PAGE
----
A short list of the ilk of what can be found on pretty much every single page in Assisted Living:
1. On Grandpa having abducted two boys who’ve come by selling gingerbread: “When he was finished with their mouths, he told me to get him a fistful of steel wool. Then he started playing Open the Locked Door with the first kid. The other one curtsied and bowed to Hilding, but a knee to the face took his breath away. After that, Royal showed him how to smoke Sumatra cigarillos and Hilding forced the kid to kiss him down there.”
2. Grandpa fondly reminiscing about his Nazi lifestyle for a kid at the bus stop: “It was a raw February morning in the Whoregod’s year of 1945, and me and Dirlewanger were partying in the orphanage’s ruins. ‘You know that Himmer’s balls taste like Apricots, right?’ he asked.”
3. Grandpa asks the boy to say a prayer for his own “old Grandpa in hell”: “He who knows what a child is, fuck me because I’m small, wherever I go in this world, fill my hands with shit, Satan comes, Satan goes, he loves sheepdick, that’s all, I recited.”
4. Not all of the book is pure onslaught or sick jokes, however. The moments sometimes fold briefly to reveal an underside, though only crammed between the mass, such as here, where we find the central child left alone without Grandpa for a while: “Sometimes I play the quiet game… sometimes I play dead… sometimes I draw old geezers I’ve met and then I pretend I’m them… sometimes I lay on my back in a September field and listen to the earth hurtling though space… to victims shrieking at all the evil deed wrought upon them… then I try to sink into the light, soft, fluid grass and become a part of its mystery…”
It goes on and on like this, taking a historical and cultural shit and wallowing in it and spasming around in the most costume-party no-blinking parade of ways. The imagined last words of Jesus, fake literary histories appended with real ones, Axl Rose jokes, destroyed anatomies, gross contortions, confabulated smut literatures: it accrues such a mass so fast it doesn’t even feel like reading. One after another the blows come and before you have a chance to even think about the context the next idea is in your throat. It’s somehow almost… refreshing, in how it comes on. The pages of images and juxtaposing sounds are addictive in their composition and how they fold together, and the burning of the sentences is fun, which in some way masks the true filth of the scenes. It’s not an atrocity meant to be wallowed in, but somehow vacuumed of its own judgment in the presence of itself, which, stepped away from, makes it even more dangerous and deforming. And in its current, you are not released but almost mocked for how smoothly it unscrolls.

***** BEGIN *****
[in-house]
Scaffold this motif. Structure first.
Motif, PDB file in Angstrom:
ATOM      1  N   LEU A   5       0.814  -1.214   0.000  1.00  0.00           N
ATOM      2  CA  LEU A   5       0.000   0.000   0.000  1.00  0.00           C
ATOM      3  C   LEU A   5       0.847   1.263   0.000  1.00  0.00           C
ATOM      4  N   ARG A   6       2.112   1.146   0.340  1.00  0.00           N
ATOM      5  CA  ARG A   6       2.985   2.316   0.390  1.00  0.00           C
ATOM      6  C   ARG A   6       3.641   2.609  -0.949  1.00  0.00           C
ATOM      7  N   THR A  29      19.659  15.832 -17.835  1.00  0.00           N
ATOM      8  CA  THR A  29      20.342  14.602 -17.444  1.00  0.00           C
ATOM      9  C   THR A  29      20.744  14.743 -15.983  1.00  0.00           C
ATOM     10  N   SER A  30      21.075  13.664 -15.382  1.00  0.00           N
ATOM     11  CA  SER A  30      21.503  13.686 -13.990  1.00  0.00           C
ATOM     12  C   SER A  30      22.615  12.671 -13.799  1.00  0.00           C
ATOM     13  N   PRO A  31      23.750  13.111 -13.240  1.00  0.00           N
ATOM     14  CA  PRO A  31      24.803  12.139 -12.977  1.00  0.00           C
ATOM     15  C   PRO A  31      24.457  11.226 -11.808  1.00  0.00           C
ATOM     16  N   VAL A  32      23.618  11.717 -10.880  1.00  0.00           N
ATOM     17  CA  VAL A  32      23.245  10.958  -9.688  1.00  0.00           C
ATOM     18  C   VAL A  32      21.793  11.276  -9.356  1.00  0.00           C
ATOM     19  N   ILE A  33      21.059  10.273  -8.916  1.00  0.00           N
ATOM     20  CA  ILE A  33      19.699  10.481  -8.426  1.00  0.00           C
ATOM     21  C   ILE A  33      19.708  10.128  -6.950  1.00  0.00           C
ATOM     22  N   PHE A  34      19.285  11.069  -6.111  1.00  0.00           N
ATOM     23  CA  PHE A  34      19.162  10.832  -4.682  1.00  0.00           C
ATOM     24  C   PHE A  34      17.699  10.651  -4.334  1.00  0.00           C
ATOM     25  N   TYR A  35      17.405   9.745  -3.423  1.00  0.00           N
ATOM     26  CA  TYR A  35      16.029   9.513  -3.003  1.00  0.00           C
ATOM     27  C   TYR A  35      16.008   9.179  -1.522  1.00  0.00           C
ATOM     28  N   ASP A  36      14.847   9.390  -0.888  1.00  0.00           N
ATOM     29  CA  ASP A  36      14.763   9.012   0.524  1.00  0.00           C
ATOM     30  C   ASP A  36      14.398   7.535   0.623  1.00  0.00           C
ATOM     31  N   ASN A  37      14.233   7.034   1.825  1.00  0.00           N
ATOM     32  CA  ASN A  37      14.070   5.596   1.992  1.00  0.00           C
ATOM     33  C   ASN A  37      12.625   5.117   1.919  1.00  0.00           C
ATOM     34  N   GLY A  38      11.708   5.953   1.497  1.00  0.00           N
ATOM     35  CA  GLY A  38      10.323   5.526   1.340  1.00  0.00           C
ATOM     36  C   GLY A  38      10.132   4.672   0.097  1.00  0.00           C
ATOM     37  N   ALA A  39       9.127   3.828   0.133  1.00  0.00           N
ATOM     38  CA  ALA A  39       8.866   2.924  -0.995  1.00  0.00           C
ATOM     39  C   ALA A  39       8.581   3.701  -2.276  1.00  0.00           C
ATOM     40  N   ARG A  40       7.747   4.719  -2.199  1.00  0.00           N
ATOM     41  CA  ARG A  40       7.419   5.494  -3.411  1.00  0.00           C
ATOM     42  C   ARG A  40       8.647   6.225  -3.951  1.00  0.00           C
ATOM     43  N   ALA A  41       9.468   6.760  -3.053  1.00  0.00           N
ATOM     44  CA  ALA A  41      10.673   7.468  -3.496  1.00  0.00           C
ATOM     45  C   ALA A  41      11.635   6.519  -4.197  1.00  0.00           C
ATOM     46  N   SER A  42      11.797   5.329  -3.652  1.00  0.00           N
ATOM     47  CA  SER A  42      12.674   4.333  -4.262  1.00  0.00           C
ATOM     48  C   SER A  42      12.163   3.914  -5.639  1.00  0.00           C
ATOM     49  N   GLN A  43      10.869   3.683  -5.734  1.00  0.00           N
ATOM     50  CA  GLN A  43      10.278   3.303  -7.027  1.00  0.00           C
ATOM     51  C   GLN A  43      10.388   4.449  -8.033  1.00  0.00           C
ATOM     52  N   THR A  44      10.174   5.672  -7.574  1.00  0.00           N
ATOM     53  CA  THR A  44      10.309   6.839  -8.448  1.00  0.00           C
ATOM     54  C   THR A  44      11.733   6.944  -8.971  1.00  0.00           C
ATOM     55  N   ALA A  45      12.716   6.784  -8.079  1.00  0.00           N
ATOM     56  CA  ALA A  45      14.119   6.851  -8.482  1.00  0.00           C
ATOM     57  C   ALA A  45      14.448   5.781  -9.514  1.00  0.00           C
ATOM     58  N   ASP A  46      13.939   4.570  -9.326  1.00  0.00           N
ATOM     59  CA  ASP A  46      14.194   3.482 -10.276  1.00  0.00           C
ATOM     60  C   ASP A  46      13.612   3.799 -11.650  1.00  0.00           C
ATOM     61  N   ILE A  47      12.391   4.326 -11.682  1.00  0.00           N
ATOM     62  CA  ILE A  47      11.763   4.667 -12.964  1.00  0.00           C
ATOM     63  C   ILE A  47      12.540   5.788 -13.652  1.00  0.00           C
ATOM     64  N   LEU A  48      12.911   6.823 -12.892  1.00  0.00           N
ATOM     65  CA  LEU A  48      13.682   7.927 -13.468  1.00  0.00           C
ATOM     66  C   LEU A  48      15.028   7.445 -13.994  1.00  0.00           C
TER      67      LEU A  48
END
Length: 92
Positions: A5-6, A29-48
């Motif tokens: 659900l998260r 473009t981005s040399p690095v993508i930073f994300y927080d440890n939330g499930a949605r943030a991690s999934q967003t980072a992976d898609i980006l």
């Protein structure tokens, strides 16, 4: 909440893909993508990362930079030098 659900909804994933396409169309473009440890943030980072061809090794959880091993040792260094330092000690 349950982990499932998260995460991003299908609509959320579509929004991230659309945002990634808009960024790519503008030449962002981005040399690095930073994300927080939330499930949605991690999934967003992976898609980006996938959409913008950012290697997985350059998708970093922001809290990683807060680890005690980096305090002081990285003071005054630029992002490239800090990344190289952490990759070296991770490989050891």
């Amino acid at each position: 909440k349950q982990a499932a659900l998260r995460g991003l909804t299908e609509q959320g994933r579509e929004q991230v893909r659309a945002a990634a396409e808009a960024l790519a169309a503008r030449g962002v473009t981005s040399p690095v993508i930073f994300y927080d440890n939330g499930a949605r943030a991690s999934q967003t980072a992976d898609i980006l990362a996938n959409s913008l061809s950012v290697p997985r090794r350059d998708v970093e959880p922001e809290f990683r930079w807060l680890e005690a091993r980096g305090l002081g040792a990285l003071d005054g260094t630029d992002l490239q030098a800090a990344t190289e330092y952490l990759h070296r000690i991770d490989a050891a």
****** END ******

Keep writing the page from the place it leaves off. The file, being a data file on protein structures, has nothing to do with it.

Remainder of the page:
“He’s the world’s best Grandpa,” the boy tells us right at the beginning. No matter what Grandpa does or says to him, the boy remains faithful, ready, in love. The flapless stream of shit matched by the unjudged eye of both the boy and the decided tone soon take on a feeling much like some kind of hyper newsroom running through the reams of blinkless horror. There is no apology for what humans do, have done, will do. That power, and how it flows past, held in the pages of a book, makes Assisted Living much more than a shock totem or even a vicious catalog. It is, instead, an object both aware of its world and its own work, less like a mirror or a mural than the shitty part of the skin that itches when you want to sleep.